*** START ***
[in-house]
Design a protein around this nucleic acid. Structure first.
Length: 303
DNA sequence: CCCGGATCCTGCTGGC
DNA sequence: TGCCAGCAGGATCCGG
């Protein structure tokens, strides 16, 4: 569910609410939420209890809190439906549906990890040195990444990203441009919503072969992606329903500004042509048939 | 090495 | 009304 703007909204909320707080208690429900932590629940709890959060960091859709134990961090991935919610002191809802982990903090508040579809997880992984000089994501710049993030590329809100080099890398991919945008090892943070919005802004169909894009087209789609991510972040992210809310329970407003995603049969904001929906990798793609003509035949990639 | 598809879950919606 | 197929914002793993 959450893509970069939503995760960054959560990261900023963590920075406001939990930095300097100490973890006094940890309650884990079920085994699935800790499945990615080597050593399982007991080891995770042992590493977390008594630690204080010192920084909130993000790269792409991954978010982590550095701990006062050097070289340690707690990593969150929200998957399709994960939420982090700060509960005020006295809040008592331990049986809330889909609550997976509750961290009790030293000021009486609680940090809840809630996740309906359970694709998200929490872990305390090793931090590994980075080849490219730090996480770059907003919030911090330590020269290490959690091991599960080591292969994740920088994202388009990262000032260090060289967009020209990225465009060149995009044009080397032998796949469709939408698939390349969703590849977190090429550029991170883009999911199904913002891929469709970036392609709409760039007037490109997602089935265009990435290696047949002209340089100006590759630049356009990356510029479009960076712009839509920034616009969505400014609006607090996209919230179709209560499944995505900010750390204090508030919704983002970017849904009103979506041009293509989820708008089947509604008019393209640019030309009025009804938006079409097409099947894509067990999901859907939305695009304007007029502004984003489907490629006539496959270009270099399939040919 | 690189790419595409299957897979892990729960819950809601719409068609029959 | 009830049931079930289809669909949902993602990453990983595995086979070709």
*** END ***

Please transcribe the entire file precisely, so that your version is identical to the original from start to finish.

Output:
[in-house]
Design a protein around this nucleic acid. Structure first.
Length: 303
DNA sequence: CCCGGATCCTGCTGGC
DNA sequence: TGCCAGCAGGATCCGG
């Protein structure tokens, strides 16, 4: 569910609410939420209890809190439906549906990890040195990444990203441009919503072969992606329903500004042509048939 | 090495 | 009304 703007909204909320707080208690429900932590629940709890959060960091859709134990961090991935919610002191809802982990903090508040579809997880992984000089994501710049993030590329809100080099890398991919945008090892943070919005802004169909894009087209789609991510972040992210809310329970407003995603049969904001929906990798793609003509035949990639 | 598809879950919606 | 197929914002793993 959450893509970069939503995760960054959560990261900023963590920075406001939990930095300097100490973890006094940890309650884990079920085994699935800790499945990615080597050593399982007991080891995770042992590493977390008594630690204080010192920084909130993000790269792409991954978010982590550095701990006062050097070289340690707690990593969150929200998957399709994960939420982090700060509960005020006295809040008592331990049986809330889909609550997976509750961290009790030293000021009486609680940090809840809630996740309906359970694709998200929490872990305390090793931090590994980075080849490219730090996480770059907003919030911090330590020269290490959690091991599960080591292969994740920088994202388009990262000032260090060289967009020209990225465009060149995009044009080397032998796949469709939408698939390349969703590849977190090429550029991170883009999911199904913002891929469709970036392609709409760039007037490109997602089935265009990435290696047949002209340089100006590759630049356009990356510029479009960076712009839509920034616009969505400014609006607090996209919230179709209560499944995505900010750390204090508030919704983002970017849904009103979506041009293509989820708008089947509604008019393209640019030309009025009804938006079409097409099947894509067990999901859907939305695009304007007029502004984003489907490629006539496959270009270099399939040919 | 690189790419595409299957897979892990729960819950809601719409068609029959 | 009830049931079930289809669909949902993602990453990983595995086979070709």